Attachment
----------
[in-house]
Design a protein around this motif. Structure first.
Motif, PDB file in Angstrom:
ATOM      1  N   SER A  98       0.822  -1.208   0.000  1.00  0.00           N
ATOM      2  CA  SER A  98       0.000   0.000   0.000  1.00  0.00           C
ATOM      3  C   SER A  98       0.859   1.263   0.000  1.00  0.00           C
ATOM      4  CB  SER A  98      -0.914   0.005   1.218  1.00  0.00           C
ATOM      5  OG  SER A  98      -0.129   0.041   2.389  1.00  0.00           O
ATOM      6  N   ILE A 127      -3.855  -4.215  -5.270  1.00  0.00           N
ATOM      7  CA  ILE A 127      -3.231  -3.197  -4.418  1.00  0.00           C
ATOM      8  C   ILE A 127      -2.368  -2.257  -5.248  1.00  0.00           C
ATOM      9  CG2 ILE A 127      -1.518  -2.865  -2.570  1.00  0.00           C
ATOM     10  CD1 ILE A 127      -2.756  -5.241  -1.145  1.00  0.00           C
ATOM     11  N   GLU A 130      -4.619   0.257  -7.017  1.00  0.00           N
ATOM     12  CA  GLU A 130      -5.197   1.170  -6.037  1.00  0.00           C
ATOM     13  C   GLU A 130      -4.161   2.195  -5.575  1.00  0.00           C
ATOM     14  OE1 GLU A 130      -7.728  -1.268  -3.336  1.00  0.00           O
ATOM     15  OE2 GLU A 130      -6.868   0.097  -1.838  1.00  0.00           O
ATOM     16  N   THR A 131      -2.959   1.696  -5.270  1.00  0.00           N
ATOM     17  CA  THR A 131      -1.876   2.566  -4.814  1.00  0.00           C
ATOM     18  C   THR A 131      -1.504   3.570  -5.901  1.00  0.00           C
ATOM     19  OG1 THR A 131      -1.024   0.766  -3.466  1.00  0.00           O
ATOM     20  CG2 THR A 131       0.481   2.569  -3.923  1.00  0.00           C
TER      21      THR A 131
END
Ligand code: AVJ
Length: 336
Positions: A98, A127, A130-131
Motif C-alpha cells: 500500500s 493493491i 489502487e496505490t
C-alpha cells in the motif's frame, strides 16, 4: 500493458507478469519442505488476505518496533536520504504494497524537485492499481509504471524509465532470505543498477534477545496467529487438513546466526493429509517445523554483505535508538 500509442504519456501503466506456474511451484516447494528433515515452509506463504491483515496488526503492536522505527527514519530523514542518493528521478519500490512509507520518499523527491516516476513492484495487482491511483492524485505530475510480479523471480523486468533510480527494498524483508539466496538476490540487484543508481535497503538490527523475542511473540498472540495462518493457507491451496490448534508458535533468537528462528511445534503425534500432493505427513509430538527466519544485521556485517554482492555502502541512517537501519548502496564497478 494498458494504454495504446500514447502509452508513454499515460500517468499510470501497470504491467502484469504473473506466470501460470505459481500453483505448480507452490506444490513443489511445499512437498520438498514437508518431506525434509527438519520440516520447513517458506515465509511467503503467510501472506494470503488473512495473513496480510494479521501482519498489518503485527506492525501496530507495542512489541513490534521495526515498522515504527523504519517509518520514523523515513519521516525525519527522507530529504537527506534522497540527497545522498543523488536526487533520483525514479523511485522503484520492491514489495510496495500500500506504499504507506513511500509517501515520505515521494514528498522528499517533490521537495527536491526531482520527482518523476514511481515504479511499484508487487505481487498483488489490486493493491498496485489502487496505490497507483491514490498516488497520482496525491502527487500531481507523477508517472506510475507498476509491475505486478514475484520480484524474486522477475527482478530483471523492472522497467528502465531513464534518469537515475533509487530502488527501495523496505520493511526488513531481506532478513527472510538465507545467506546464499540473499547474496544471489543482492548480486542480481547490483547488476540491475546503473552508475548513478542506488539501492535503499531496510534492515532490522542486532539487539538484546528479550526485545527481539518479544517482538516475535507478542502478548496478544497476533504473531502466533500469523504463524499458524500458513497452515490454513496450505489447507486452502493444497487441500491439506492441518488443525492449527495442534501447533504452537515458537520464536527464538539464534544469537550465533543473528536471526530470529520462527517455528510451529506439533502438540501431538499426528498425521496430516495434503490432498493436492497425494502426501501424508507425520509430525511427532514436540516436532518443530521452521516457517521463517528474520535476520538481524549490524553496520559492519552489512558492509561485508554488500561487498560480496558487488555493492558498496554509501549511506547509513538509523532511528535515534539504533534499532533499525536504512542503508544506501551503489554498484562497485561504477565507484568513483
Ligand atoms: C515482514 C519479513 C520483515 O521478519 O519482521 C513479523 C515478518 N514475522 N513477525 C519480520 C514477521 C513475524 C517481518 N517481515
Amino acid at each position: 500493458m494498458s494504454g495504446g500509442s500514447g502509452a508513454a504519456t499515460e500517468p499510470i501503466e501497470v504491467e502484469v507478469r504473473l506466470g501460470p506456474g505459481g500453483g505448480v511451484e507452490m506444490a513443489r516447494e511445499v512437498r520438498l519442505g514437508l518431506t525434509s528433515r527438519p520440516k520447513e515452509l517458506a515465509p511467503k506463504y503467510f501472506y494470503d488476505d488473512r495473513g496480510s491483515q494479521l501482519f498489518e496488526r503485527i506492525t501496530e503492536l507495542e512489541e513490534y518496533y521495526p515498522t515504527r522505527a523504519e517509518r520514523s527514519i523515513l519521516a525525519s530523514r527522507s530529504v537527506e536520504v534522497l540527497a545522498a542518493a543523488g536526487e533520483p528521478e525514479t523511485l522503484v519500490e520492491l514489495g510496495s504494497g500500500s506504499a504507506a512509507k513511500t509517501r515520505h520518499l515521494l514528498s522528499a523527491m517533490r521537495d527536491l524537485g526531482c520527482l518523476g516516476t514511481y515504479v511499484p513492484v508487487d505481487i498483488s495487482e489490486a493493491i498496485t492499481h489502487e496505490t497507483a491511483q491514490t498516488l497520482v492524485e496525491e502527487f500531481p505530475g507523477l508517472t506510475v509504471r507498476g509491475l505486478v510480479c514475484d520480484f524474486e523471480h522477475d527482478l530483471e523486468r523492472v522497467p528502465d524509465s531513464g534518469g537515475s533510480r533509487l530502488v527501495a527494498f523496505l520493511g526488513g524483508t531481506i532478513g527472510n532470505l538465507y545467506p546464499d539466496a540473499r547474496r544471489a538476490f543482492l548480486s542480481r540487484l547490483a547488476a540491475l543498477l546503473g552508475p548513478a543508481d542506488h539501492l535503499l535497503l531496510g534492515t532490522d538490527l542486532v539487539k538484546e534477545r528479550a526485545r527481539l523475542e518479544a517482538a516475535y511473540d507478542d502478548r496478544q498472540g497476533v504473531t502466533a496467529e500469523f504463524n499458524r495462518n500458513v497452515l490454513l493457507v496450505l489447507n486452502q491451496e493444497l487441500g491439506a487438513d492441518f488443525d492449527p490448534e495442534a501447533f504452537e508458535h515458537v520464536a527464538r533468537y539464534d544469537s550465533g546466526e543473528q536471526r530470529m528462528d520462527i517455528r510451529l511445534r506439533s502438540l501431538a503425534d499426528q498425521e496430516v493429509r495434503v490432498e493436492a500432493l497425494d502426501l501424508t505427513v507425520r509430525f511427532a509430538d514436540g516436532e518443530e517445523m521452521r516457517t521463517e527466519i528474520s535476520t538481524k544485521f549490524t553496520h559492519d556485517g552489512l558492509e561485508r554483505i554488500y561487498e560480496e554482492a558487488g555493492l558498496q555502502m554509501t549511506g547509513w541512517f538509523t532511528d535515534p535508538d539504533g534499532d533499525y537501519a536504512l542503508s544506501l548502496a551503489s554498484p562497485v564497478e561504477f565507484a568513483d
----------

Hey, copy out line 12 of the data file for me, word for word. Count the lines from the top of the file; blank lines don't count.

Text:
ATOM      9  CG2 ILE A 127      -1.518  -2.865  -2.570  1.00  0.00           C